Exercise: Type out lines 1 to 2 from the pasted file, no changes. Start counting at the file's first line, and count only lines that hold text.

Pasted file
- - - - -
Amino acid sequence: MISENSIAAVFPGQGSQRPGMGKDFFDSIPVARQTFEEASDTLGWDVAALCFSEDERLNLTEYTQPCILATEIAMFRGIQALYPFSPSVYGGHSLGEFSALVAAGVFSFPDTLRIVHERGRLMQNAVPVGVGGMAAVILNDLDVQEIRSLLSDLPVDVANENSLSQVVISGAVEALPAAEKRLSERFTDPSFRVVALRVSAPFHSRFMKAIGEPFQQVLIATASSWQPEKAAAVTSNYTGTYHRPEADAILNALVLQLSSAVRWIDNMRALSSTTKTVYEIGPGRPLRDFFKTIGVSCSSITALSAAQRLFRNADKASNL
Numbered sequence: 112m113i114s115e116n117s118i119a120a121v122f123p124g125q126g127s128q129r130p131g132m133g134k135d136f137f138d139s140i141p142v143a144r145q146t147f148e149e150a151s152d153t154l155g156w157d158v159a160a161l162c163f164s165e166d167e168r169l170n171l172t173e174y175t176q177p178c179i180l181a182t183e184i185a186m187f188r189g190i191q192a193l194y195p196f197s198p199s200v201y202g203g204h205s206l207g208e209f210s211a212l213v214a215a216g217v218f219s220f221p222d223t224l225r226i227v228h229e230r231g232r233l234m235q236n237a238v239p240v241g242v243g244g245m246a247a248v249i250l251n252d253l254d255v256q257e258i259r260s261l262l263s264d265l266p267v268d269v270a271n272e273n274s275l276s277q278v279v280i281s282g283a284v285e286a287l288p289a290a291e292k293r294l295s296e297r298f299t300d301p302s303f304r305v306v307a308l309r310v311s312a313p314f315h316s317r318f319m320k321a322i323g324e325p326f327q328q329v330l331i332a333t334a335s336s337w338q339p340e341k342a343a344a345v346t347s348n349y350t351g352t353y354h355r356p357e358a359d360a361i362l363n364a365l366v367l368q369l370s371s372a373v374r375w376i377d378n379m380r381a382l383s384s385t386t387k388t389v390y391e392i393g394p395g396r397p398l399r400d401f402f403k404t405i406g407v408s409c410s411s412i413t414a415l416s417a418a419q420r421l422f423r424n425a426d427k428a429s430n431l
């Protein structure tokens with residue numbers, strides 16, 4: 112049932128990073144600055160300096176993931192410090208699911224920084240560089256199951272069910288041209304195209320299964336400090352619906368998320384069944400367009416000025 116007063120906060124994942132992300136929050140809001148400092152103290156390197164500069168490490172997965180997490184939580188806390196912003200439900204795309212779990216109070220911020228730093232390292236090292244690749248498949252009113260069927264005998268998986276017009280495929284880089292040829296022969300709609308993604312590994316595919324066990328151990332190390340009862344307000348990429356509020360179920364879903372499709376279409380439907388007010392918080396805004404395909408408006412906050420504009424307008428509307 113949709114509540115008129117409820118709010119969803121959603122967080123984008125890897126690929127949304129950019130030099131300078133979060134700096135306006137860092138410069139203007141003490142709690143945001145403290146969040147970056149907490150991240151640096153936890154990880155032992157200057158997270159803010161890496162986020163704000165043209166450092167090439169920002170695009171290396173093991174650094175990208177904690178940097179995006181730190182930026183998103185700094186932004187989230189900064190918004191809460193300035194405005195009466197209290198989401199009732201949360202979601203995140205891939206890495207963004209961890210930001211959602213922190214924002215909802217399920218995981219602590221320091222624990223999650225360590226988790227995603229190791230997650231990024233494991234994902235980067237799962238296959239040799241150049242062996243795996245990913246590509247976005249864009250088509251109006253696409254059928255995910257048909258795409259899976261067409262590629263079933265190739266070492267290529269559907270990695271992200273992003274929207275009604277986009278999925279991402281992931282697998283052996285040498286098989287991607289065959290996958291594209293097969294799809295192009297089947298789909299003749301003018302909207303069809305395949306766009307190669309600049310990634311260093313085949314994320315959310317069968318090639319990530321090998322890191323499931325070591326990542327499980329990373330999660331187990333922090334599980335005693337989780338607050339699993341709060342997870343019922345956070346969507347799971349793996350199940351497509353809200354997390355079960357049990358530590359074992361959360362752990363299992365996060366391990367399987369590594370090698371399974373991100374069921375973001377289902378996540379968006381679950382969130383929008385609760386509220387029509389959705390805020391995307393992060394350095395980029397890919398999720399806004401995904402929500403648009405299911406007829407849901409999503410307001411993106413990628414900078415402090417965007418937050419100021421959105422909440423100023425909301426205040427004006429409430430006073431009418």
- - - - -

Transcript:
Amino acid sequence: MISENSIAAVFPGQGSQRPGMGKDFFDSIPVARQTFEEASDTLGWDVAALCFSEDERLNLTEYTQPCILATEIAMFRGIQALYPFSPSVYGGHSLGEFSALVAAGVFSFPDTLRIVHERGRLMQNAVPVGVGGMAAVILNDLDVQEIRSLLSDLPVDVANENSLSQVVISGAVEALPAAEKRLSERFTDPSFRVVALRVSAPFHSRFMKAIGEPFQQVLIATASSWQPEKAAAVTSNYTGTYHRPEADAILNALVLQLSSAVRWIDNMRALSSTTKTVYEIGPGRPLRDFFKTIGVSCSSITALSAAQRLFRNADKASNL
Numbered sequence: 112m113i114s115e116n117s118i119a120a121v122f123p124g125q126g127s128q129r130p131g132m133g134k135d136f137f138d139s140i141p142v143a144r145q146t147f148e149e150a151s152d153t154l155g156w157d158v159a160a161l162c163f164s165e166d167e168r169l170n171l172t173e174y175t176q177p178c179i180l181a182t183e184i185a186m187f188r189g190i191q192a193l194y195p196f197s198p199s200v201y202g203g204h205s206l207g208e209f210s211a212l213v214a215a216g217v218f219s220f221p222d223t224l225r226i227v228h229e230r231g232r233l234m235q236n237a238v239p240v241g242v243g244g245m246a247a248v249i250l251n252d253l254d255v256q257e258i259r260s261l262l263s264d265l266p267v268d269v270a271n272e273n274s275l276s277q278v279v280i281s282g283a284v285e286a287l288p289a290a291e292k293r294l295s296e297r298f299t300d301p302s303f304r305v306v307a308l309r310v311s312a313p314f315h316s317r318f319m320k321a322i323g324e325p326f327q328q329v330l331i332a333t334a335s336s337w338q339p340e341k342a343a344a345v346t347s348n349y350t351g352t353y354h355r356p357e358a359d360a361i362l363n364a365l366v367l368q369l370s371s372a373v374r375w376i377d378n379m380r381a382l383s384s385t386t387k388t389v390y391e392i393g394p395g396r397p398l399r400d401f402f403k404t405i406g407v408s409c410s411s412i413t414a415l416s417a418a419q420r421l422f423r424n425a426d427k428a429s430n431l